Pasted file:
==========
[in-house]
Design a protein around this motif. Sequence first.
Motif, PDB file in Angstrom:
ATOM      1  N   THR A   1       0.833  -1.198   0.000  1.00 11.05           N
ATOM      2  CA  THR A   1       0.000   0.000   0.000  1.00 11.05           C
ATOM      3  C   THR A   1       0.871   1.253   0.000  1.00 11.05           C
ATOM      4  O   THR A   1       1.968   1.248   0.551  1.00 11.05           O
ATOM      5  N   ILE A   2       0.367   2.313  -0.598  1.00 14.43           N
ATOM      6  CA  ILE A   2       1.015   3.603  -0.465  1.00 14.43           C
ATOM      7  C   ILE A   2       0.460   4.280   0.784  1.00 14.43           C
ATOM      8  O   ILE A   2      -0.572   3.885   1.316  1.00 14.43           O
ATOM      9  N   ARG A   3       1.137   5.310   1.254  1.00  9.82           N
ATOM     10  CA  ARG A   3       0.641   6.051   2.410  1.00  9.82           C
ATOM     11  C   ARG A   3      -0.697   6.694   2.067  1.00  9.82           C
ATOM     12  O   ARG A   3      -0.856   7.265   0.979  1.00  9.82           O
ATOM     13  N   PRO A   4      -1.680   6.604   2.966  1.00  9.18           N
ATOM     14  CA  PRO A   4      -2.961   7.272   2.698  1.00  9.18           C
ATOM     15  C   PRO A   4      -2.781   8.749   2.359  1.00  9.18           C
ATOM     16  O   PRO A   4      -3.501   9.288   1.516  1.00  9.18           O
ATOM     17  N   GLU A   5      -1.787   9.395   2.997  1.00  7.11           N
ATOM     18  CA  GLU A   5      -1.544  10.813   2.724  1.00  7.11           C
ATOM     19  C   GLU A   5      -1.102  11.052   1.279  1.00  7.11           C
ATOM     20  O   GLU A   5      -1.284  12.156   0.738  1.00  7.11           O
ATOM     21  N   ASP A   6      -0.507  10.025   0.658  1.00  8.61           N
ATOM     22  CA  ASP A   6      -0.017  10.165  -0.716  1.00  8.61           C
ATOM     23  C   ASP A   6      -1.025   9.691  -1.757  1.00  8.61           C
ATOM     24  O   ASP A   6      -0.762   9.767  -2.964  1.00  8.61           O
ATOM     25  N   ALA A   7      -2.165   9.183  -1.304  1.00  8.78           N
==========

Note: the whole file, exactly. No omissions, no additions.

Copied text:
[in-house]
Design a protein around this motif. Sequence first.
Motif, PDB file in Angstrom:
ATOM      1  N   THR A   1       0.833  -1.198   0.000  1.00 11.05           N
ATOM      2  CA  THR A   1       0.000   0.000   0.000  1.00 11.05           C
ATOM      3  C   THR A   1       0.871   1.253   0.000  1.00 11.05           C
ATOM      4  O   THR A   1       1.968   1.248   0.551  1.00 11.05           O
ATOM      5  N   ILE A   2       0.367   2.313  -0.598  1.00 14.43           N
ATOM      6  CA  ILE A   2       1.015   3.603  -0.465  1.00 14.43           C
ATOM      7  C   ILE A   2       0.460   4.280   0.784  1.00 14.43           C
ATOM      8  O   ILE A   2      -0.572   3.885   1.316  1.00 14.43           O
ATOM      9  N   ARG A   3       1.137   5.310   1.254  1.00  9.82           N
ATOM     10  CA  ARG A   3       0.641   6.051   2.410  1.00  9.82           C
ATOM     11  C   ARG A   3      -0.697   6.694   2.067  1.00  9.82           C
ATOM     12  O   ARG A   3      -0.856   7.265   0.979  1.00  9.82           O
ATOM     13  N   PRO A   4      -1.680   6.604   2.966  1.00  9.18           N
ATOM     14  CA  PRO A   4      -2.961   7.272   2.698  1.00  9.18           C
ATOM     15  C   PRO A   4      -2.781   8.749   2.359  1.00  9.18           C
ATOM     16  O   PRO A   4      -3.501   9.288   1.516  1.00  9.18           O
ATOM     17  N   GLU A   5      -1.787   9.395   2.997  1.00  7.11           N
ATOM     18  CA  GLU A   5      -1.544  10.813   2.724  1.00  7.11           C
ATOM     19  C   GLU A   5      -1.102  11.052   1.279  1.00  7.11           C
ATOM     20  O   GLU A   5      -1.284  12.156   0.738  1.00  7.11           O
ATOM     21  N   ASP A   6      -0.507  10.025   0.658  1.00  8.61           N
ATOM     22  CA  ASP A   6      -0.017  10.165  -0.716  1.00  8.61           C
ATOM     23  C   ASP A   6      -1.025   9.691  -1.757  1.00  8.61           C
ATOM     24  O   ASP A   6      -0.762   9.767  -2.964  1.00  8.61           O
ATOM     25  N   ALA A   7      -2.165   9.183  -1.304  1.00  8.78           N